According to statistics, eating disorders are more common in females than in males; in fact, only one in three individuals with eating disorders are male while the rest are female. These facts may be true for adolescents and adults however there was no information on the prevalence of eating disorders among children in the United States until recently. To answer the question of how common eating disorders in young children are, a team from San Diego State University (SDSU) studied 4,500 children between the ages of 9 and 10 years old. Results showed that there was no difference between genders for this age group in the development of an eating disorder. In other words, eating disorders among boys develop at the same rate as they do in girls for this age group.

Given the lack of gender differences among 9 to 10-year-old children with eating disorders, there may be added social pressures or hormonal differences that occur during or post puberty among girls that increase the risk of developing eating disorders. Could it be the rise in estrogen, the innate feeling to fit in with their peer and the increase in awareness of the development of breasts and hips in puberty that is responsible for the rise in eating disorders among prepubescent and teenage girls?

“The most surprising finding was lack of gender differences across all eating disorder diagnoses; the overall frequency was 1.4 percent. That is, unlike adults and adolescents, girls did not experience significantly greater eating disorder diagnoses than boys…this could suggest that gender differences don’t begin to emerge until adolescence”, according to one of the study’s primary researchers.

As parents, how can we teach our children about the importance of healthy eating without causing harm in a way that the child can develop an eating disorder? Should we treat our daughters differently than our sons in regards to this topic as they approach puberty? There are many unanswered questions that have been elicited from the results of this recent study and although it is not certain as to why females have a higher tendency than males to develop eating disorders after a certain age, parents can play a crucial role in keep eating disorders at bay starting from a young age by talking to their kids about food in a healthy manner, starting from a young age.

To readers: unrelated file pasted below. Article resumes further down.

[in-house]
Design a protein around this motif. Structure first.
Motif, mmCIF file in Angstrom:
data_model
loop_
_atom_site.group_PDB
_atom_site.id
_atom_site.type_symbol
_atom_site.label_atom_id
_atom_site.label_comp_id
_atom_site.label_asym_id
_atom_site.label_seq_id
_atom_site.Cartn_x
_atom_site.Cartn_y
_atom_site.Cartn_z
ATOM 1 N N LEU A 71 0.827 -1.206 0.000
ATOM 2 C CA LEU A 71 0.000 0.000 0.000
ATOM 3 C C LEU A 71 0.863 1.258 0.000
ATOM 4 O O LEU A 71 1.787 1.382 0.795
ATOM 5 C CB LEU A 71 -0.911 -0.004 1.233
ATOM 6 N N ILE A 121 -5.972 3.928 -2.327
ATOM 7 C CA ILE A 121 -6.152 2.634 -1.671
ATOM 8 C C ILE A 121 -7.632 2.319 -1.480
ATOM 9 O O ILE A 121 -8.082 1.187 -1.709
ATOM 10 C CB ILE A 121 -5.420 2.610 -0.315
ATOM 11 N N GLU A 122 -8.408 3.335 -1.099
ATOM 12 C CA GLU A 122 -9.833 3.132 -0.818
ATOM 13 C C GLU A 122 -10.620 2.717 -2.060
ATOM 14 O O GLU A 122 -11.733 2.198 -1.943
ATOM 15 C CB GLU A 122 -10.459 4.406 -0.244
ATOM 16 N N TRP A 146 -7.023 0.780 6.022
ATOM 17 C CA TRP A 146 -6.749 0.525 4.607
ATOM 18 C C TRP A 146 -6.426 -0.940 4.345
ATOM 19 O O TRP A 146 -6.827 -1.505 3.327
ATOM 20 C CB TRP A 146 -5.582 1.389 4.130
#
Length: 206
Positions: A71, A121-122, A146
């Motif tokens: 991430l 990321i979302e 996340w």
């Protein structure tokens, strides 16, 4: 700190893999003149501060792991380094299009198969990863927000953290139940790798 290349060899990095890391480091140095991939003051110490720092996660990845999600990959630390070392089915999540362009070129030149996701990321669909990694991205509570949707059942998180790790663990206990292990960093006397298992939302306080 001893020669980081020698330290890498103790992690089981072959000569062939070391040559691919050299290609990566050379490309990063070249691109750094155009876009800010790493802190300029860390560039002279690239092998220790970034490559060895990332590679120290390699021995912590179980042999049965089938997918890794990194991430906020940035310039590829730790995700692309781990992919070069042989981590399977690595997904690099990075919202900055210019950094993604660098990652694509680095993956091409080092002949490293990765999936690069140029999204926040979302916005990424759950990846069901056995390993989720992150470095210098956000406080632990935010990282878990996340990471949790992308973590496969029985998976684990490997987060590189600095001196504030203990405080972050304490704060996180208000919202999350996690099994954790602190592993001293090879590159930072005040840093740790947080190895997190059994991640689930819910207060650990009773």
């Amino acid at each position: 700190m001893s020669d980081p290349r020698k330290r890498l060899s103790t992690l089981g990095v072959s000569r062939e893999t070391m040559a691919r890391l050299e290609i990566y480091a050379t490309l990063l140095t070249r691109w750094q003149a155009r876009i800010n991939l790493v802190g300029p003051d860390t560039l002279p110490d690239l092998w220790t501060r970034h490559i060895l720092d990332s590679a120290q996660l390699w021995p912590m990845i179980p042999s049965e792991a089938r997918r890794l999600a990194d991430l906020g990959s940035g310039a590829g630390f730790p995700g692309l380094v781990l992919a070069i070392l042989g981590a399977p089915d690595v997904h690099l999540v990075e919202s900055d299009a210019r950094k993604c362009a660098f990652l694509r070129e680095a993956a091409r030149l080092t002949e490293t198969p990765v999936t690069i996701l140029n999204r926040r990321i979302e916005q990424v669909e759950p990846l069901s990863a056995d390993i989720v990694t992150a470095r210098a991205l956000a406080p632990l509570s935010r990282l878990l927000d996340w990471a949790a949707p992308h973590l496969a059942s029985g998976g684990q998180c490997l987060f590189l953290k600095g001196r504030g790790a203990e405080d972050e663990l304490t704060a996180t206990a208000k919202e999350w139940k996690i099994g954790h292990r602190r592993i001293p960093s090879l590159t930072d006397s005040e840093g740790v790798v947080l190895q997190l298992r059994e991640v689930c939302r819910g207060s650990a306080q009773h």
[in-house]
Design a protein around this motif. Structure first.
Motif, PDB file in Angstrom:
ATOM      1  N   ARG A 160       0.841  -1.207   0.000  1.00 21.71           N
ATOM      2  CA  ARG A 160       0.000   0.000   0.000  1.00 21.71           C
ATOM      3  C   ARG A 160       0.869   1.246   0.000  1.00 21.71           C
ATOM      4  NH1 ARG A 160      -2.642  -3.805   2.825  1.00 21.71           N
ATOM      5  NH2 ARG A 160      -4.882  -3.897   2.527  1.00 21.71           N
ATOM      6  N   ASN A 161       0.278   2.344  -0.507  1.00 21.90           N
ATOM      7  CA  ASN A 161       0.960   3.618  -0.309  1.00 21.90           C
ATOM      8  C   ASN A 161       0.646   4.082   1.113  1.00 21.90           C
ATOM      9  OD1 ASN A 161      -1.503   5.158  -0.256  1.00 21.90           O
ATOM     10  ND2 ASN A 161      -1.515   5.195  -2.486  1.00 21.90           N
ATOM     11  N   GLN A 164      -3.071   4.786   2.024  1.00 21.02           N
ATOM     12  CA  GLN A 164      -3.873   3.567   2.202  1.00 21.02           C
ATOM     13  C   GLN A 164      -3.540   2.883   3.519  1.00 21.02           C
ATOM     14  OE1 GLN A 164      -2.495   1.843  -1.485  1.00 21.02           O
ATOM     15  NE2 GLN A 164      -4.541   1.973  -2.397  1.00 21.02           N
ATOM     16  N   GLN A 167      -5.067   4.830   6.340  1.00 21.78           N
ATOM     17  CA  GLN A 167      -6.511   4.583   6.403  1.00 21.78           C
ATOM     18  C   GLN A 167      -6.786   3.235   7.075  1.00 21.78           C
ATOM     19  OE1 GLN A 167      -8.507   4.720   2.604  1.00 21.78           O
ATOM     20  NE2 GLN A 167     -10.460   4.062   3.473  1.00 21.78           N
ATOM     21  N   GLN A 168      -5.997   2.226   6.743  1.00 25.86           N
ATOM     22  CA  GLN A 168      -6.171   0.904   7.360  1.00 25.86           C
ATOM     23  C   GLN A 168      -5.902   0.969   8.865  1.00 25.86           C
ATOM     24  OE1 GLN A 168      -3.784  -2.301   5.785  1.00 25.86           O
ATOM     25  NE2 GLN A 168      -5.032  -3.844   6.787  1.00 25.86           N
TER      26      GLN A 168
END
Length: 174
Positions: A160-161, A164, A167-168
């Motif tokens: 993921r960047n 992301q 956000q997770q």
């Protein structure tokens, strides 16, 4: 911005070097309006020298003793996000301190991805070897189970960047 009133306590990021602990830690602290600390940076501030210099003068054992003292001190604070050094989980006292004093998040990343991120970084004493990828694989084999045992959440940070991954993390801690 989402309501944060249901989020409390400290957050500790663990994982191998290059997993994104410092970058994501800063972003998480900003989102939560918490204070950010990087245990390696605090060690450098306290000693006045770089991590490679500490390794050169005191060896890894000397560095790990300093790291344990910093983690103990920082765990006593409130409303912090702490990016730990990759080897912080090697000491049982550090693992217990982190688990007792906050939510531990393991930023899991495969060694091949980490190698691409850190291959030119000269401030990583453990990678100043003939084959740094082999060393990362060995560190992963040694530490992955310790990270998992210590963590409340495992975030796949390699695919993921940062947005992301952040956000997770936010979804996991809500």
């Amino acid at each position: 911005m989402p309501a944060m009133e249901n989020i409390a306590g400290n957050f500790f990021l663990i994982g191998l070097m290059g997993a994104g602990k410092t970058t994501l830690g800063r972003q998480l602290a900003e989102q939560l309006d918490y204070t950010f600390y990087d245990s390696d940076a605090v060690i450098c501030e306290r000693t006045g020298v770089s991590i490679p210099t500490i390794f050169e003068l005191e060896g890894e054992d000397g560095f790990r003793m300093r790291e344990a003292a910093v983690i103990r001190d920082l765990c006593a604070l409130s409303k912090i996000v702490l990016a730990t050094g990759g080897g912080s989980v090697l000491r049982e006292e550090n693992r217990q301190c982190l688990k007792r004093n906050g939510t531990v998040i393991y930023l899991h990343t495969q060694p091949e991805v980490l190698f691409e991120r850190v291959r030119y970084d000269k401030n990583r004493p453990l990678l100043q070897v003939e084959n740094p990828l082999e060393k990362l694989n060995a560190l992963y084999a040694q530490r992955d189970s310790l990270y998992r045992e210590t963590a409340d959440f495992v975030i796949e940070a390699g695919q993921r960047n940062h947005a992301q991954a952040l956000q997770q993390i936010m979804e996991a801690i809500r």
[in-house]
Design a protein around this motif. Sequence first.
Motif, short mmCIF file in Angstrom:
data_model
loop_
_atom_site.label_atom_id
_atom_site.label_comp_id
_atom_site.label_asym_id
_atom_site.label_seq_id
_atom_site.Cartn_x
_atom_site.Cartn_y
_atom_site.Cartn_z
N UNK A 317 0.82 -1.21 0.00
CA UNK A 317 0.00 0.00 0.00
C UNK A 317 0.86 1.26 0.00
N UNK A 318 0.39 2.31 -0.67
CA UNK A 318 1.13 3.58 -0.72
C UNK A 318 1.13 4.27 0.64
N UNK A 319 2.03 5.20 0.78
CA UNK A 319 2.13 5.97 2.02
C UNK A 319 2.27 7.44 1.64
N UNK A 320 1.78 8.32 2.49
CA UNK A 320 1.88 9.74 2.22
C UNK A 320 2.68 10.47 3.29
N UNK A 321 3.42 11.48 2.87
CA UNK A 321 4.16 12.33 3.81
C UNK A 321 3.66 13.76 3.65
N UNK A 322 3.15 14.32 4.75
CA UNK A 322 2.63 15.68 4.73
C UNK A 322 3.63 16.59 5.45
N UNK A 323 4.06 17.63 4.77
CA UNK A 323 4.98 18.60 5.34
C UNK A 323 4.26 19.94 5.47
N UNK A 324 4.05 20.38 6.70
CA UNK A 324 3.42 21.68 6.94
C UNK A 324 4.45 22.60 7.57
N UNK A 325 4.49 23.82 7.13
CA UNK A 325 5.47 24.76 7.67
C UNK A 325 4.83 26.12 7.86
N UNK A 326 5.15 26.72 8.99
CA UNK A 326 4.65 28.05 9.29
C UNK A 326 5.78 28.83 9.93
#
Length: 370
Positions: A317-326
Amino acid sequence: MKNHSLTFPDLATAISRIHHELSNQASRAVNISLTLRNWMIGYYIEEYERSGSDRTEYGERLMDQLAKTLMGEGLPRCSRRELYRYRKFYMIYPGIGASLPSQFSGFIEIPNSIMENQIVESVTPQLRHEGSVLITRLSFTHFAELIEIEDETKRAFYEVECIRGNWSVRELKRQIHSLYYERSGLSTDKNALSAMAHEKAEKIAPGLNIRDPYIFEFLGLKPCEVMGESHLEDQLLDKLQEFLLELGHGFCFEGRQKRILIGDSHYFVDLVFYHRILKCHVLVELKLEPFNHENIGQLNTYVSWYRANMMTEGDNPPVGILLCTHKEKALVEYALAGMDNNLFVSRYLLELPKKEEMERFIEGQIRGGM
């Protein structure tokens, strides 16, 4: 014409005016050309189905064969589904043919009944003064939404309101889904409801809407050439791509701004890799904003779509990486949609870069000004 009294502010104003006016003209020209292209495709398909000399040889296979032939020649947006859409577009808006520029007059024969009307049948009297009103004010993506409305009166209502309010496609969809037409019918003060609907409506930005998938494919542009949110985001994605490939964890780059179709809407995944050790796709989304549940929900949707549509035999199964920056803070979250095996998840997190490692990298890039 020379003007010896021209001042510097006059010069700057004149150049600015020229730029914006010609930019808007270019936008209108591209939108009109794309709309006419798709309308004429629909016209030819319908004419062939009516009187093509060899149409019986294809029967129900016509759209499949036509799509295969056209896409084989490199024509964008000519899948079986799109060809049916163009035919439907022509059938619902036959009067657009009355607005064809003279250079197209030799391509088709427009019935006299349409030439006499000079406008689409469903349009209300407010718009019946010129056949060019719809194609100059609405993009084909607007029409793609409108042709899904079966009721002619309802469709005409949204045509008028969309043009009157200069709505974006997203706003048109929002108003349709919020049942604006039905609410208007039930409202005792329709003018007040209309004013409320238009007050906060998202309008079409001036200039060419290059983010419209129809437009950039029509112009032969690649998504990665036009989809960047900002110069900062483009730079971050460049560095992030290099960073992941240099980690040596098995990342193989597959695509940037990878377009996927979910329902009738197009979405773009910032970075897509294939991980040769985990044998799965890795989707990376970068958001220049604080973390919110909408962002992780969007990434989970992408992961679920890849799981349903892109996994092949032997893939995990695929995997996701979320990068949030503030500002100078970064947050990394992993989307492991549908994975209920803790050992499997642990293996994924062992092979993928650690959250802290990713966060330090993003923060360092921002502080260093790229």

Childhood obesity and eating disorders are extremely dangerous, but so is allowing the labels “good” and “bad” food as this can lead to an unhealthy relationship with food. The goal is to teach a positive, open-minded approach to food while giving kids options to choose their food and to learn the nutritious value of what they put in their bodies.

Do not label food as “good” or “bad”

Often, parents will label sugary, fried, and salty foods such a fries, donuts, cookies and pizza as “bad” and fruits and vegetables as “good,” which can create a judgmental picture of food in your child’s head. Of course, you do not want your toddler to eat five bags of potato chips and a pound of candy, but it is important to explain why some foods can help them grow strong, and other foods are just fun “sometimes” foods.

Get the kids into the kitchen

Kids love to learn, get their hands dirty, and help their parents. Cooking and baking is a great way to teach kids how a nutritious meal is made while allowing them to tap into their creative side. You can teach them about each ingredient throughout the process, and these fun activities can inspire a desire to be involved in family meals and cook for their future families.

Educate them on healthy living rather than focusing on a healthy weight

Overweight kids are often teased in school, and weight gain in childhood can result in chronic health conditions such as diabetes and heart disease. Instead of talking about weight gain and weight loss, it is better to introduce the concept of a healthy lifestyle, which includes cooking nutritious foods, playing team sports, eating sweets, and treats in moderation.

Be body positive

Celebrate that bodies come in all shapes and sizes and use body-positive language instead of body shaming language. Body positive language includes talking positively about yourself and others, emphasizing that you exercise for fun (not to achieve a certain shape), and never talking poorly about other people’s bodies. Kids pick up on your comments and remarks, internalize, and repeat them.  Give them words worth repeating to others, and themselves.

Source: JAMA Pediatrics